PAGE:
The curveball has lost some of its bite for Allen, turning from more sharp sweeping action at 87 mph at his career peak, to a more vertically-inclined 83.2 mph offering in 2019. The results have weakened less dramatically than his declining fastball, with hitters chasing (29.1%) and whiffing (14.2%) less than ever but still only registering a .286 wOBA against it.
Allen’s decline over the last 2 years starts with his fourseamer and the 31-year-old will need to sharply reverse trend to get back to his old form. With a loss of nearly 4 mph since it peaked in 2014, Allen used it a career-low 54% of the time and was largely ineffective with it in 2019, allowing a 12/17 K/BB ratio. Though still showing above average rise and armside run, the lack of velocity and location has led to a career-low 6.1% SwStr rate and .784 SLG against it.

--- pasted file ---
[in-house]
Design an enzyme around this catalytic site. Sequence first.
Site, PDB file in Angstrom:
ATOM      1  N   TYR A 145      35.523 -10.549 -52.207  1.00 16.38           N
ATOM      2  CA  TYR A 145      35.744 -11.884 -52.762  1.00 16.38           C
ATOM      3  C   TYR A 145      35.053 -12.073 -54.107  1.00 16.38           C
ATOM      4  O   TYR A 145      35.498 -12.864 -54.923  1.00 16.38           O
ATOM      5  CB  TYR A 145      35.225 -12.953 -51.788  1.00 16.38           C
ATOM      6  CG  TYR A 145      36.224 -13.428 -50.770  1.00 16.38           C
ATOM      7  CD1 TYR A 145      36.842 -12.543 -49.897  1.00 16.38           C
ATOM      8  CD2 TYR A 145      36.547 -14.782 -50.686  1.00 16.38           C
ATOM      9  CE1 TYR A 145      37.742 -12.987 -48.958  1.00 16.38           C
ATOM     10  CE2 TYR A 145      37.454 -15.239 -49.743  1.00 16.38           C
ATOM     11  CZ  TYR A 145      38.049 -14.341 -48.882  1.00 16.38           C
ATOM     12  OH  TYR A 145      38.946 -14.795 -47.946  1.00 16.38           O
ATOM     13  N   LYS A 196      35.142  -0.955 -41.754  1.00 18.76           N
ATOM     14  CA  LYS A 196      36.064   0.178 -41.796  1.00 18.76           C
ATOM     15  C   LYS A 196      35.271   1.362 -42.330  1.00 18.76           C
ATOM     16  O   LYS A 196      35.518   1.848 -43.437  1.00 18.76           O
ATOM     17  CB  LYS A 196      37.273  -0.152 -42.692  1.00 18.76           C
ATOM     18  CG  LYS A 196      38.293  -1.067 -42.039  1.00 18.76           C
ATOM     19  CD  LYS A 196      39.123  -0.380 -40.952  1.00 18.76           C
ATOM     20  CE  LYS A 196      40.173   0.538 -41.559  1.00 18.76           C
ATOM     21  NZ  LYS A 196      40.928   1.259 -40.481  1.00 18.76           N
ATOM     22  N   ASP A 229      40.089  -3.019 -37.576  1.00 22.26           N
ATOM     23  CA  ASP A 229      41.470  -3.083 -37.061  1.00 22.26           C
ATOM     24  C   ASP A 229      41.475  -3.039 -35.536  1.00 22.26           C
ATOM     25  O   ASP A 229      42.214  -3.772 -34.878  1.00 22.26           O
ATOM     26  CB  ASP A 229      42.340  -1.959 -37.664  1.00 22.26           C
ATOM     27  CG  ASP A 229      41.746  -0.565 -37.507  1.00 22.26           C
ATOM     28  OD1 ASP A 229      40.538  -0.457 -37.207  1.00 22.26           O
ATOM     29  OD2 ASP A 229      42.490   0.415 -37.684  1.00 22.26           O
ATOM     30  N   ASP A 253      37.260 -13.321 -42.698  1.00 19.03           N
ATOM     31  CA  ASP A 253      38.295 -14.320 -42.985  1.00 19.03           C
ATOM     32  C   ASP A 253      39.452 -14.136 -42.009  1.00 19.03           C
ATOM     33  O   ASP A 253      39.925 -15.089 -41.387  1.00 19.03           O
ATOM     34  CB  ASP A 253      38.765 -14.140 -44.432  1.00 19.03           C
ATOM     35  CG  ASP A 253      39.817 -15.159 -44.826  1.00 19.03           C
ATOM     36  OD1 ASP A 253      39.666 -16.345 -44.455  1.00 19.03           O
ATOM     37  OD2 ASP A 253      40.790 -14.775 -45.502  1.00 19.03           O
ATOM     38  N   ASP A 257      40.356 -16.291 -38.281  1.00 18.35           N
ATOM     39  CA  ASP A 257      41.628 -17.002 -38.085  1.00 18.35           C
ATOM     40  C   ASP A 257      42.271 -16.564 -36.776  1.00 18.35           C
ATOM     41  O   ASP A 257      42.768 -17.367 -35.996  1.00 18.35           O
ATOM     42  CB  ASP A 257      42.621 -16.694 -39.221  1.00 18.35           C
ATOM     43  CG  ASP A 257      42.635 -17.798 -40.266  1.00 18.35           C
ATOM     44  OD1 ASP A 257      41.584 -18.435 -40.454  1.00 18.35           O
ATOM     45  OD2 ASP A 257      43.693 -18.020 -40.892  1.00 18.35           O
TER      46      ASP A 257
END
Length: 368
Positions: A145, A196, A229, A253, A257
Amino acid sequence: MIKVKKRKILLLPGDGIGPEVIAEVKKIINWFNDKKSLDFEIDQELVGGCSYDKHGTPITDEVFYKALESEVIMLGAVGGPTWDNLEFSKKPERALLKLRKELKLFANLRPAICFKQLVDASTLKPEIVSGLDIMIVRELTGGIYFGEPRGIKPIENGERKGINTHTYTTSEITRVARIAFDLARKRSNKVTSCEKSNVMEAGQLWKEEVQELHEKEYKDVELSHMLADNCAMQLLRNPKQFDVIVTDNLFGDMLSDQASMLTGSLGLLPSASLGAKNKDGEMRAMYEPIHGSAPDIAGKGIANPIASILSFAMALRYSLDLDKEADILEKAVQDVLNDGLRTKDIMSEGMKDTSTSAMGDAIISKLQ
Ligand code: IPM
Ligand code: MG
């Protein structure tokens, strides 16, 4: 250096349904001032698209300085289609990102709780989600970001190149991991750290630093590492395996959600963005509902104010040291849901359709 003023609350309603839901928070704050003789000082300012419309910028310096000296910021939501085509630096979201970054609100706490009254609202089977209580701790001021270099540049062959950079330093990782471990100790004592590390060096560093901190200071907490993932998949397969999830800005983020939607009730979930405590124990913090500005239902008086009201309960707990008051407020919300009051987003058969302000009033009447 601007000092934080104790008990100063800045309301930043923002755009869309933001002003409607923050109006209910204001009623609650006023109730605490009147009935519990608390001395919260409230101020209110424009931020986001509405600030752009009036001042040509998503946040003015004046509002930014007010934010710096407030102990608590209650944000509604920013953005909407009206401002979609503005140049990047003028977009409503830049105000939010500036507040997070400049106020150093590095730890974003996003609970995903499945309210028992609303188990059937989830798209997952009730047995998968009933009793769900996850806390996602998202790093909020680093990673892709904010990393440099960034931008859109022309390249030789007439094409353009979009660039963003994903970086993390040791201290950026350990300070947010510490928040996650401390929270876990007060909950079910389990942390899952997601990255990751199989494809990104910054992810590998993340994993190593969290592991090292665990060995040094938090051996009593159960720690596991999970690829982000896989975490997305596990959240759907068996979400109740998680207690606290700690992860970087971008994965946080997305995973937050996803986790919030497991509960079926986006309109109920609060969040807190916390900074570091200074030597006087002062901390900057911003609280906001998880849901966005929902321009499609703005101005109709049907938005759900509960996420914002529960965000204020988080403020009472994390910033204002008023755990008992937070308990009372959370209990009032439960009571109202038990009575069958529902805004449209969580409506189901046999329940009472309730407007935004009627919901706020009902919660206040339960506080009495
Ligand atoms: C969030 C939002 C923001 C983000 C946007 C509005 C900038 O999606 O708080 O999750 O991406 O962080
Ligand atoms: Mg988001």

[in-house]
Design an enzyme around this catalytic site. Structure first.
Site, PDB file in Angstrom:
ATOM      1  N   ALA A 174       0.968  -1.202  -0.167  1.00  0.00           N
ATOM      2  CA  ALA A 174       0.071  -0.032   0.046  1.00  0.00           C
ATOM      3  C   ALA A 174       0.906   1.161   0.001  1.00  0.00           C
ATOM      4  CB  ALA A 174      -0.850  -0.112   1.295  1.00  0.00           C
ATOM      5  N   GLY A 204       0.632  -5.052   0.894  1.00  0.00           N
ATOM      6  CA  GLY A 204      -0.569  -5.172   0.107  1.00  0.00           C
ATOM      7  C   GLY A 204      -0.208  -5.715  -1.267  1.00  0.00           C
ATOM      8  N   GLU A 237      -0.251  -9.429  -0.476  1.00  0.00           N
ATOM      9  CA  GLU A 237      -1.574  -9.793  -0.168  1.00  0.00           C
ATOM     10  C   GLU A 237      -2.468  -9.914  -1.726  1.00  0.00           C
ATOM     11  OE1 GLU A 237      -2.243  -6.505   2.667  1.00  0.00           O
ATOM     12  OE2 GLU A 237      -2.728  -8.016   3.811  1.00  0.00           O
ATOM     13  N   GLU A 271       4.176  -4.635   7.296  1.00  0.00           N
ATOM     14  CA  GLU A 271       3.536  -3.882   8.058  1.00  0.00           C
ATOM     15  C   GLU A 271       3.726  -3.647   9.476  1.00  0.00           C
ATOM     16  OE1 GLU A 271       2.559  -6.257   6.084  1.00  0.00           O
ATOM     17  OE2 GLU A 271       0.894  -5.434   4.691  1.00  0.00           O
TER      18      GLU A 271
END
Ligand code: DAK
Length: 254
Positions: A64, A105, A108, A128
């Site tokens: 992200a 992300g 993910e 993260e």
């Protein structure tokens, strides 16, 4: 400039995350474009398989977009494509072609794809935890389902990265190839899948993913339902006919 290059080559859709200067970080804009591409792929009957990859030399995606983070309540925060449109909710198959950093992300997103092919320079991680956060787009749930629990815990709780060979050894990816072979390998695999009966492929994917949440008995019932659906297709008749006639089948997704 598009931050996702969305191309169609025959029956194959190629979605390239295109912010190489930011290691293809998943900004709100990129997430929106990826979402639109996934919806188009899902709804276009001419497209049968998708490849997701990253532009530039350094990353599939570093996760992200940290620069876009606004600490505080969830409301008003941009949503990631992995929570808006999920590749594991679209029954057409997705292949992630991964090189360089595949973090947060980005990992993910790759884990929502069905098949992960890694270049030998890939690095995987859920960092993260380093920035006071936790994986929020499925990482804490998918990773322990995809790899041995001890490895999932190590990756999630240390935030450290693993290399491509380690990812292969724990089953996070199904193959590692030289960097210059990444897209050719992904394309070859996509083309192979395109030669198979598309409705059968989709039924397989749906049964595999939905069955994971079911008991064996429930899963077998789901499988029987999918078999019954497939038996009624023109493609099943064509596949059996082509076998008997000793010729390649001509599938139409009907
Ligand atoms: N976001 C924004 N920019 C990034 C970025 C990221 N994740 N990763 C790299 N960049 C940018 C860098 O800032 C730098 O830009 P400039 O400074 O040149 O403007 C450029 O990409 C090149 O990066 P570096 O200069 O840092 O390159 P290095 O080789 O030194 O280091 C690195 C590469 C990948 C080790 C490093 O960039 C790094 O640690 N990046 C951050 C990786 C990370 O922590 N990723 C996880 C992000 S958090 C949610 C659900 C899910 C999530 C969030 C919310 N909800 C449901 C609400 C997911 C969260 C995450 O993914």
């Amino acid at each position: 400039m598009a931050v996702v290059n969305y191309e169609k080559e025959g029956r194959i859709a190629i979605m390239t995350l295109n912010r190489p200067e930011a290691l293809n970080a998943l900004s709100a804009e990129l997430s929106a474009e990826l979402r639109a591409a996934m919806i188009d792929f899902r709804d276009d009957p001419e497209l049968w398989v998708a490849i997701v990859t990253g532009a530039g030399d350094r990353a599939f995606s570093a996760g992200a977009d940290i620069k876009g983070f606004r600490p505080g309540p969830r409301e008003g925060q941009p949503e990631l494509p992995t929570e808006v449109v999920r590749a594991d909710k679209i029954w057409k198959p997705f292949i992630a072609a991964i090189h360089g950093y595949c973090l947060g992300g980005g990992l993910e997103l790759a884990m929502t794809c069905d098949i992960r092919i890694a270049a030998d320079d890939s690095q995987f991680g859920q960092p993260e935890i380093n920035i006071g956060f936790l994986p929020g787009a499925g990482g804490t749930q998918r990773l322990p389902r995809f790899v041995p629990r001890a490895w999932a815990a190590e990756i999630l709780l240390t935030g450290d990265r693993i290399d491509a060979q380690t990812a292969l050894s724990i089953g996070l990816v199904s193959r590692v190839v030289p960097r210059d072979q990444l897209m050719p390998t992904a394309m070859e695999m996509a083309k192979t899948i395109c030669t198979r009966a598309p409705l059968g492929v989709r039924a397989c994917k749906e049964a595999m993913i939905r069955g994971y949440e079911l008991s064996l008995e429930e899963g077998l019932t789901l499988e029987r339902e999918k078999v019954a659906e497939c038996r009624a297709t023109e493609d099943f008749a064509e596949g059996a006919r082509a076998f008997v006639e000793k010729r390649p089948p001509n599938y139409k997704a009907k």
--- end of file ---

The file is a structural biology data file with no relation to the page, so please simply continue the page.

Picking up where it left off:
Allen’s average fastball velocity continued to decline down to 93.5 mph in 2018, resulting in a career-worst 136 wRC+ allowed for the pitch. With relatively average movement, he’ll have to find a way to regain some of that velocity for his fastball to be effective again in 2019.
This hard curveball functions as Allen’s strikeout pitch, but he allowed more hard contact on it in 2018 with a .132 ISO compared to .060 the previous year. It still had an excellent 18.9% swinging-strike rate and didn’t see much change in movement, though its velocity dipped along with Allen’s fastball.